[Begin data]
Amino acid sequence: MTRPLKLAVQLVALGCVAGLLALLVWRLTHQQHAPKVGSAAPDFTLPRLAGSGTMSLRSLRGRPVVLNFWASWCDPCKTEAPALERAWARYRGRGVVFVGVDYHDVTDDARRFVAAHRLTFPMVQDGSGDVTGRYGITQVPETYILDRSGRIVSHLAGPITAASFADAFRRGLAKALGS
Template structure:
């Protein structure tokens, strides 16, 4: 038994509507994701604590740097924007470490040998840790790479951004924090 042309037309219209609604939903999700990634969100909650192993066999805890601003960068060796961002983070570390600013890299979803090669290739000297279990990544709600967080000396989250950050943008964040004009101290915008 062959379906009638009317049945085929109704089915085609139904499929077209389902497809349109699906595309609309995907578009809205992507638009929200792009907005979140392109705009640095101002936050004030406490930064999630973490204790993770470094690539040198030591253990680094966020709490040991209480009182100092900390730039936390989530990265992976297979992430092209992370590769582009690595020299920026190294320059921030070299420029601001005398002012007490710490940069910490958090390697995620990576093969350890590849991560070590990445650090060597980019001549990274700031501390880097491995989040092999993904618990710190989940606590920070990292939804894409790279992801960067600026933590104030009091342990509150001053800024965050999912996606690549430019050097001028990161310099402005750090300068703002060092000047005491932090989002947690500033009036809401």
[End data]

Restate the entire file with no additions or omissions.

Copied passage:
Amino acid sequence: MTRPLKLAVQLVALGCVAGLLALLVWRLTHQQHAPKVGSAAPDFTLPRLAGSGTMSLRSLRGRPVVLNFWASWCDPCKTEAPALERAWARYRGRGVVFVGVDYHDVTDDARRFVAAHRLTFPMVQDGSGDVTGRYGITQVPETYILDRSGRIVSHLAGPITAASFADAFRRGLAKALGS
Template structure:
């Protein structure tokens, strides 16, 4: 038994509507994701604590740097924007470490040998840790790479951004924090 042309037309219209609604939903999700990634969100909650192993066999805890601003960068060796961002983070570390600013890299979803090669290739000297279990990544709600967080000396989250950050943008964040004009101290915008 062959379906009638009317049945085929109704089915085609139904499929077209389902497809349109699906595309609309995907578009809205992507638009929200792009907005979140392109705009640095101002936050004030406490930064999630973490204790993770470094690539040198030591253990680094966020709490040991209480009182100092900390730039936390989530990265992976297979992430092209992370590769582009690595020299920026190294320059921030070299420029601001005398002012007490710490940069910490958090390697995620990576093969350890590849991560070590990445650090060597980019001549990274700031501390880097491995989040092999993904618990710190989940606590920070990292939804894409790279992801960067600026933590104030009091342990509150001053800024965050999912996606690549430019050097001028990161310099402005750090300068703002060092000047005491932090989002947690500033009036809401």